In bowling, you can choose between playing on either a traditional flat lane or a special lane with obstacles that change with each frame. Playing the special course made the most use of my partner’s ball-bending abilities. Just like in real life, a twist of his wrist would hook the ball around barriers in the middle of the lane as though he were directing its movement with his mind. He destroyed me easily, and I didn’t even mind; I was simply in awe of my partner’s bowling ability and the fidelity with which this particular minigame was made.

One of the most glaring annoyances of Nintendo Switch Sports is inconsistency with its tutorials. With chambara, soccer, and volleyball, you’ll have the option to play through a tutorial or skip it. With tennis, and badminton, and bowling, you’re thrown into a game immediately, and it’s up to you to figure out how to play.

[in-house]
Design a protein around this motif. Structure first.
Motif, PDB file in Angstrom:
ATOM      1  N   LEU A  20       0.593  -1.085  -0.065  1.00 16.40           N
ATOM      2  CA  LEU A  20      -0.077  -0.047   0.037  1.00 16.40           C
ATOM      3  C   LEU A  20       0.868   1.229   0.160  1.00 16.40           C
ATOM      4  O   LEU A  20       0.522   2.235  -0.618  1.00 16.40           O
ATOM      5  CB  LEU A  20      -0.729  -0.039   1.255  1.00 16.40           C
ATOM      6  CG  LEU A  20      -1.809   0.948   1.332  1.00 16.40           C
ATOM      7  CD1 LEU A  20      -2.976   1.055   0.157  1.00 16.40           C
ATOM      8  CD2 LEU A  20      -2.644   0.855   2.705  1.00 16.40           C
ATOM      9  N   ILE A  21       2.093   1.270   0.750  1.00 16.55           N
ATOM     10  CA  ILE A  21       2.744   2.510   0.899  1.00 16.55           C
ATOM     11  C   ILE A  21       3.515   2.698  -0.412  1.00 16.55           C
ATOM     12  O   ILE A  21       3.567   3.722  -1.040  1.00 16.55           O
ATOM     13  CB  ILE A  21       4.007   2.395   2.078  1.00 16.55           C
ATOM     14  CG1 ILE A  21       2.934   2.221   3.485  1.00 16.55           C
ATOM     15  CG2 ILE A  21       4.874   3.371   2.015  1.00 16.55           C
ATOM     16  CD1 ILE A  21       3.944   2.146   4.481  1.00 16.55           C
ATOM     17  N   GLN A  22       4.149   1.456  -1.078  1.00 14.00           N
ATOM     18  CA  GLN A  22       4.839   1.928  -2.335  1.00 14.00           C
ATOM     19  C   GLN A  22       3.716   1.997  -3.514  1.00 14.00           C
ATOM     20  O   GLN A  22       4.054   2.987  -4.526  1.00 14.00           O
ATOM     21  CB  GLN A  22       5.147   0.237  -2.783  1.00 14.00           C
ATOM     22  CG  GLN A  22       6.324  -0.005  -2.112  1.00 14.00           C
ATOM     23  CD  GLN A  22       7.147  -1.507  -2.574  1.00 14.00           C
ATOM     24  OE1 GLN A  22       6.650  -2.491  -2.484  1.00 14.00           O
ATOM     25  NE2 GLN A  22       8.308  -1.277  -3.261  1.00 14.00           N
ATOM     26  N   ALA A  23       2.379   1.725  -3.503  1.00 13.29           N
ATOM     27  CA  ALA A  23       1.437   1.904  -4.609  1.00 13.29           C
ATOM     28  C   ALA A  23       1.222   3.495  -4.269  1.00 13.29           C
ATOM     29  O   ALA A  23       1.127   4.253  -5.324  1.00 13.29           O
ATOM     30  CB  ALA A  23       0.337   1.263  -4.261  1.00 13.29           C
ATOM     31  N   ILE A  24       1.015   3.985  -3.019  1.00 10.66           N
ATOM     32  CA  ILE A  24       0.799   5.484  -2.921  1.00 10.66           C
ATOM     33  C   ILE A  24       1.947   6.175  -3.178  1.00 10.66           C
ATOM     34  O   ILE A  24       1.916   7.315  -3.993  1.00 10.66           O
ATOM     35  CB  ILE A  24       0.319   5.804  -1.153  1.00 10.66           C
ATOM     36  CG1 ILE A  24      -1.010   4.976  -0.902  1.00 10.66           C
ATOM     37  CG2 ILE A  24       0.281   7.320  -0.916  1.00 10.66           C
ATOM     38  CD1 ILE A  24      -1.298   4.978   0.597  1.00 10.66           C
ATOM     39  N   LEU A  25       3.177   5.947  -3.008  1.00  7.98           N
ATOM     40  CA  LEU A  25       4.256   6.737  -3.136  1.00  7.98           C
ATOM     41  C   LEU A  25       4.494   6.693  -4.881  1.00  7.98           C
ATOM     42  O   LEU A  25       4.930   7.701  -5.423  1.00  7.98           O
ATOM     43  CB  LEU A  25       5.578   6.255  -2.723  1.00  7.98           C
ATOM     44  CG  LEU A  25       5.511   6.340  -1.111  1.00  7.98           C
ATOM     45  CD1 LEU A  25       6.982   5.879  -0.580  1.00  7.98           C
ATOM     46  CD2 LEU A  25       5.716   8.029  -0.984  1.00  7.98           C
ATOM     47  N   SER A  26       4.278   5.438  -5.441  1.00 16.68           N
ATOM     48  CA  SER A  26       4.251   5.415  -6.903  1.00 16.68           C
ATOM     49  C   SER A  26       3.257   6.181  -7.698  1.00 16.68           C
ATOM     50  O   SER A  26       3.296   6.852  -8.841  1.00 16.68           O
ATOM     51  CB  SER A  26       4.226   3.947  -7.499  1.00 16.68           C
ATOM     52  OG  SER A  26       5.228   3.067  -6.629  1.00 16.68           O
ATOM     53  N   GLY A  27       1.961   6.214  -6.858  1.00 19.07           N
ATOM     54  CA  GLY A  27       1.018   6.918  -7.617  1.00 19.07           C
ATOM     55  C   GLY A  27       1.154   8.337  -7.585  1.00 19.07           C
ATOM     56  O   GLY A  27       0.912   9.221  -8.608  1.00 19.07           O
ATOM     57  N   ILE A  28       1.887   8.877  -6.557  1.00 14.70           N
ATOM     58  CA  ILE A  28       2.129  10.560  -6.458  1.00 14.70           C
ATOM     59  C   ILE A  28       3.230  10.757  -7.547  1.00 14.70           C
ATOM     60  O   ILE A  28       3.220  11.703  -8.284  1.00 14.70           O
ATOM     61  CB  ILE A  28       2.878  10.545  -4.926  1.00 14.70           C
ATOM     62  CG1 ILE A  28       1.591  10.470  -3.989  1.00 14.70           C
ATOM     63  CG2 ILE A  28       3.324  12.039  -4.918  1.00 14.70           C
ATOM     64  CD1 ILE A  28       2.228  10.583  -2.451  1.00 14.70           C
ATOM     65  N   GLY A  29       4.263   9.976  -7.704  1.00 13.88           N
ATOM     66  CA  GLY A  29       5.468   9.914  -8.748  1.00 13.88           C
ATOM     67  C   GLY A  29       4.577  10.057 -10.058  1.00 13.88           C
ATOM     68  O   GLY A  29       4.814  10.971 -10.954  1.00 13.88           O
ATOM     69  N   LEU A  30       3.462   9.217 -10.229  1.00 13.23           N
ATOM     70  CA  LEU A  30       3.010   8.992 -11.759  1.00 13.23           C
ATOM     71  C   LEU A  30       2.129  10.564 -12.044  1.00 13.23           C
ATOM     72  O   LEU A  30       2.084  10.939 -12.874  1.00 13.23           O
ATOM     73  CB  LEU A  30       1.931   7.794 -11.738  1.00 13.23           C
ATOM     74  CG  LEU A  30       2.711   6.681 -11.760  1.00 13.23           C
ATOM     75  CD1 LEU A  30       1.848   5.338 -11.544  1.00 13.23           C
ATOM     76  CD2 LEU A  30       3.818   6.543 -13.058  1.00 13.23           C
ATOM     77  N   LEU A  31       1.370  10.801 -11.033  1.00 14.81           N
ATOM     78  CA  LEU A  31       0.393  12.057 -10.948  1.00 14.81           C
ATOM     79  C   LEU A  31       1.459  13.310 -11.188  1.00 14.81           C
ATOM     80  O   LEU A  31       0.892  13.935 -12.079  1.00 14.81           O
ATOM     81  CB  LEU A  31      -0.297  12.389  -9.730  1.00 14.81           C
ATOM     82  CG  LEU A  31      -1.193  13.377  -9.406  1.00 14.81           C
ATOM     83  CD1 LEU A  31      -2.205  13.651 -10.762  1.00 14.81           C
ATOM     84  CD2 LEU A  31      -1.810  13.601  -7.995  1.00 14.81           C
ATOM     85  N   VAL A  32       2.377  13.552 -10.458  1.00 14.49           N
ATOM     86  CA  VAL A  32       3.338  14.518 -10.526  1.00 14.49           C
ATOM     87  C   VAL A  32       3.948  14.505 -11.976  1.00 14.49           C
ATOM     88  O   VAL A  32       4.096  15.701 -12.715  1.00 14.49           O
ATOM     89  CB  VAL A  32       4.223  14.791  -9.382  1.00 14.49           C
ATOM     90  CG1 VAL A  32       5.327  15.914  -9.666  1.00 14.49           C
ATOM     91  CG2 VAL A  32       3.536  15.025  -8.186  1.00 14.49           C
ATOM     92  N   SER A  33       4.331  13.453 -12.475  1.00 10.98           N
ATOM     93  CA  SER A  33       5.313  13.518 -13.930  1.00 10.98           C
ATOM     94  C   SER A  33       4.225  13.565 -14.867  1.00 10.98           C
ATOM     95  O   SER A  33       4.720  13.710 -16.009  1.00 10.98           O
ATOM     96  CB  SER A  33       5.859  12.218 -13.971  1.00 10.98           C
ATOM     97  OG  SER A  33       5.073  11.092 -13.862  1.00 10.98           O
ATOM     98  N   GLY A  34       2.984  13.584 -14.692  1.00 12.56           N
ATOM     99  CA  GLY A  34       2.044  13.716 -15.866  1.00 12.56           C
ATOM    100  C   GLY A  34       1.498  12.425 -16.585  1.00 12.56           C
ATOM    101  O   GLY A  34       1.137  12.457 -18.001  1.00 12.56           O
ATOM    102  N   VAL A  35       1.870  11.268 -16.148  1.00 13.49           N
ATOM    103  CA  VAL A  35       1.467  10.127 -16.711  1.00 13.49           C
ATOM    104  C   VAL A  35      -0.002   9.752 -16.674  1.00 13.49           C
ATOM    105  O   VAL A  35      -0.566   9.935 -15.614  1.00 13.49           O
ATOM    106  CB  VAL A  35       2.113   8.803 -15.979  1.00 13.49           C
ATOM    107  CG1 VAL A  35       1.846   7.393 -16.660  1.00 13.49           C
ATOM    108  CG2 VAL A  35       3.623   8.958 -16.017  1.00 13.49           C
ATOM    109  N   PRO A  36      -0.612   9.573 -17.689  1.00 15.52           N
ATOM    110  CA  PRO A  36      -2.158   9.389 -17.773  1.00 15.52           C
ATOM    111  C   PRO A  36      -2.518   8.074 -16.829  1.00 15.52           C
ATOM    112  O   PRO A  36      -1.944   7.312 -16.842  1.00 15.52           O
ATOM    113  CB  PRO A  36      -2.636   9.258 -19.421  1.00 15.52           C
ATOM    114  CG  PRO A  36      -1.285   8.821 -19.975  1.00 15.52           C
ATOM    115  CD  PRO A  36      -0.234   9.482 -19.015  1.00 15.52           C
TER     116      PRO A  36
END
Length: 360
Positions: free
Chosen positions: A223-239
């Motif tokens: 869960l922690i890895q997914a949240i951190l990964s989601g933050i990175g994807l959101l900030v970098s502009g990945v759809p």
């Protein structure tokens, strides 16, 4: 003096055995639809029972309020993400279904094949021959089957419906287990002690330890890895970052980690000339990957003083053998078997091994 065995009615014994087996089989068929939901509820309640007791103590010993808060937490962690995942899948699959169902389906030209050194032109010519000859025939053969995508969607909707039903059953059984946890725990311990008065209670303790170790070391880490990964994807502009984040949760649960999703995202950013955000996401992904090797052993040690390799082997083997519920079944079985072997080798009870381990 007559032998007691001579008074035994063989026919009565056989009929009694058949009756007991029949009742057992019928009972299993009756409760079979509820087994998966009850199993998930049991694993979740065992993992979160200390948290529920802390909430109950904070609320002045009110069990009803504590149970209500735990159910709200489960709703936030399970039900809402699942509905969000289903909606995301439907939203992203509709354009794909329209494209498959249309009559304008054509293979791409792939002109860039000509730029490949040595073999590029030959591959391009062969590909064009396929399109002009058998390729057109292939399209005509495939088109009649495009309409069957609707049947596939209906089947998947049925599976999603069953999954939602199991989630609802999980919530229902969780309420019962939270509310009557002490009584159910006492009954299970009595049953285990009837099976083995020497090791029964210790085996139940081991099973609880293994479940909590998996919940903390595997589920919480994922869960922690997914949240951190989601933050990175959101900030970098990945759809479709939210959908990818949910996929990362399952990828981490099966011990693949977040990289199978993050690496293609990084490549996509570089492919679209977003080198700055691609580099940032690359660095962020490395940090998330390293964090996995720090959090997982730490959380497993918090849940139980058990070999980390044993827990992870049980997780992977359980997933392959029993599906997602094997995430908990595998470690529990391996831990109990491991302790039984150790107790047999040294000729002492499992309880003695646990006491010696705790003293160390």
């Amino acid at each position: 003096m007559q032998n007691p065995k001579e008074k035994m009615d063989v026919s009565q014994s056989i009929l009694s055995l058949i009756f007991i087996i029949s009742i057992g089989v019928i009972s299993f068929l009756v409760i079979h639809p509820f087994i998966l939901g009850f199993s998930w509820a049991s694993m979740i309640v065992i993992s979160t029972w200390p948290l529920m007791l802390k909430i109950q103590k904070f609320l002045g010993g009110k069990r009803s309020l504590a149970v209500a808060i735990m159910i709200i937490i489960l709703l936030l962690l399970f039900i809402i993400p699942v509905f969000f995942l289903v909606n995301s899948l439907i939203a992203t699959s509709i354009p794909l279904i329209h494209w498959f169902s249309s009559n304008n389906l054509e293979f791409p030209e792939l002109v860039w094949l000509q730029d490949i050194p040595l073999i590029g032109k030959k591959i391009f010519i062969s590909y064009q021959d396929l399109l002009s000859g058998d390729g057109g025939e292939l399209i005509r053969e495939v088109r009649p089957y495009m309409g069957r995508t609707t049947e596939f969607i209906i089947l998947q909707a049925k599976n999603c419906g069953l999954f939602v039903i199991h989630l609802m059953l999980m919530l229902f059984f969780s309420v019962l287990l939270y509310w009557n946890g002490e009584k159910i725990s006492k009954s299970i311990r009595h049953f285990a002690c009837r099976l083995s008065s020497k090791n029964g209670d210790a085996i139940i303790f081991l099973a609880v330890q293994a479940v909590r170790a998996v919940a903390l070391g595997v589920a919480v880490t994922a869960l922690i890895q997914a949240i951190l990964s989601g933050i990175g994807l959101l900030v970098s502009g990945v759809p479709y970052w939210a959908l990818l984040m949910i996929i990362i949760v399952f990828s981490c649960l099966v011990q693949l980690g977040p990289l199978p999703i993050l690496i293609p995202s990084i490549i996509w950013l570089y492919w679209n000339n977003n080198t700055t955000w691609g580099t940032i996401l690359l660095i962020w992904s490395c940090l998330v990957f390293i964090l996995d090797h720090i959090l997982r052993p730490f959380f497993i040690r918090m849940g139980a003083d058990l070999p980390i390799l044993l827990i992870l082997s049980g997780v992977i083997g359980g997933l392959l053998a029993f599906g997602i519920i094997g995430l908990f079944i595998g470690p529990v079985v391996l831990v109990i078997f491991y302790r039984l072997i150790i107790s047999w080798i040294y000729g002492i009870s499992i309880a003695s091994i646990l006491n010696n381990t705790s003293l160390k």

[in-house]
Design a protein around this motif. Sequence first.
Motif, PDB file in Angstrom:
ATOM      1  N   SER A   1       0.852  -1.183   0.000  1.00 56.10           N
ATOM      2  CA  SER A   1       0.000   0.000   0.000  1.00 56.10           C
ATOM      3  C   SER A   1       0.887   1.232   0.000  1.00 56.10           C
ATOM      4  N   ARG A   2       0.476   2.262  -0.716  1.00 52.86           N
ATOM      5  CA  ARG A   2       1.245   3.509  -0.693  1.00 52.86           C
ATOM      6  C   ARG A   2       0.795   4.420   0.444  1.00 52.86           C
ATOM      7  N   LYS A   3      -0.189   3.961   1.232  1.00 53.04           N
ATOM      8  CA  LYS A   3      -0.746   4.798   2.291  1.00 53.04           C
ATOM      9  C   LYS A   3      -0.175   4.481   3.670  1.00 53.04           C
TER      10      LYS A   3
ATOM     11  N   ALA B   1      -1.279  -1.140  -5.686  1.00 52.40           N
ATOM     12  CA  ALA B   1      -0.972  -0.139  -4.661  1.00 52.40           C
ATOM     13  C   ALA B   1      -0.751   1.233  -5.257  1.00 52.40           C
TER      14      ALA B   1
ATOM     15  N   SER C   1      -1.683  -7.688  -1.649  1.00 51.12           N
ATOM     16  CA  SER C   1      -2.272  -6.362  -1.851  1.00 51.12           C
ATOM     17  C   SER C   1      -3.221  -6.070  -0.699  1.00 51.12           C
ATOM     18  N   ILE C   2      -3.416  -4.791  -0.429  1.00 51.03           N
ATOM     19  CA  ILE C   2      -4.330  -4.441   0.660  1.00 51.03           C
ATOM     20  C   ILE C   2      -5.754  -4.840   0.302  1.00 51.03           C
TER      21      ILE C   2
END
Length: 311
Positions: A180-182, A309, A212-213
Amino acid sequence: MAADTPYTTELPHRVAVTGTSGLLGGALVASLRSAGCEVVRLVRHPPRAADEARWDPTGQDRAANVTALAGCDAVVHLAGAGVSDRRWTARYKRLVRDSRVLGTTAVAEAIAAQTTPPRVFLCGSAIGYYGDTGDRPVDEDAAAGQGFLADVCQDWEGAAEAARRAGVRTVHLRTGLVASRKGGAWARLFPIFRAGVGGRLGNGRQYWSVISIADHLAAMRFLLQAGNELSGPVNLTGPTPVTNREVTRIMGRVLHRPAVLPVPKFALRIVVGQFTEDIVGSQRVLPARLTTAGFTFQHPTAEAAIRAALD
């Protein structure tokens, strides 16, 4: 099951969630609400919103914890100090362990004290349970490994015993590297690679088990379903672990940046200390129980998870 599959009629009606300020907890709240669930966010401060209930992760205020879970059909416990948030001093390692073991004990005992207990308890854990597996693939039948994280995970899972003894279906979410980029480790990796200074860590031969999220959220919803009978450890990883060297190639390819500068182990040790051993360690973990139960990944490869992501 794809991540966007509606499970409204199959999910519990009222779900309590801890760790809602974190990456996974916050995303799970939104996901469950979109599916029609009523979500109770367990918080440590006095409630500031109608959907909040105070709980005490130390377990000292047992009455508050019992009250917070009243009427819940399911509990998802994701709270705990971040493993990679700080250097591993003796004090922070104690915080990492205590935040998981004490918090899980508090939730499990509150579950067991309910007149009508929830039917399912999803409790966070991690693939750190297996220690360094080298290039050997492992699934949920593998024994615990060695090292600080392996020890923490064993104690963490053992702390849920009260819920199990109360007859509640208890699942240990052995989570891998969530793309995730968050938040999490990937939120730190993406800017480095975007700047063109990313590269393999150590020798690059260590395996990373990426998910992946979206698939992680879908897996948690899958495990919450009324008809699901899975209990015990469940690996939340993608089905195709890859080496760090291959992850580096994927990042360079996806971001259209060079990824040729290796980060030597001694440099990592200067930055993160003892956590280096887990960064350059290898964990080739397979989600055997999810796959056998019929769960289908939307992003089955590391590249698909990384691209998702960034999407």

That’s okay for the most part. At least with bowling, a little pop-up will occasionally remind you to hold down the Z trigger during your wind-up and release, and there’s an always-on control legend at the bottom to remind you how to line up and angle your shots.

Tennis and badminton have no such hints. There are several different ways to hit the ball / shuttlecock with varying speeds and trajectories, and the game refuses to explain how to affect the direction or speed you may want. You just swing your arm and hope.

Your guess is as good as mine on how to play badminton or tennis effectively.
Nintendo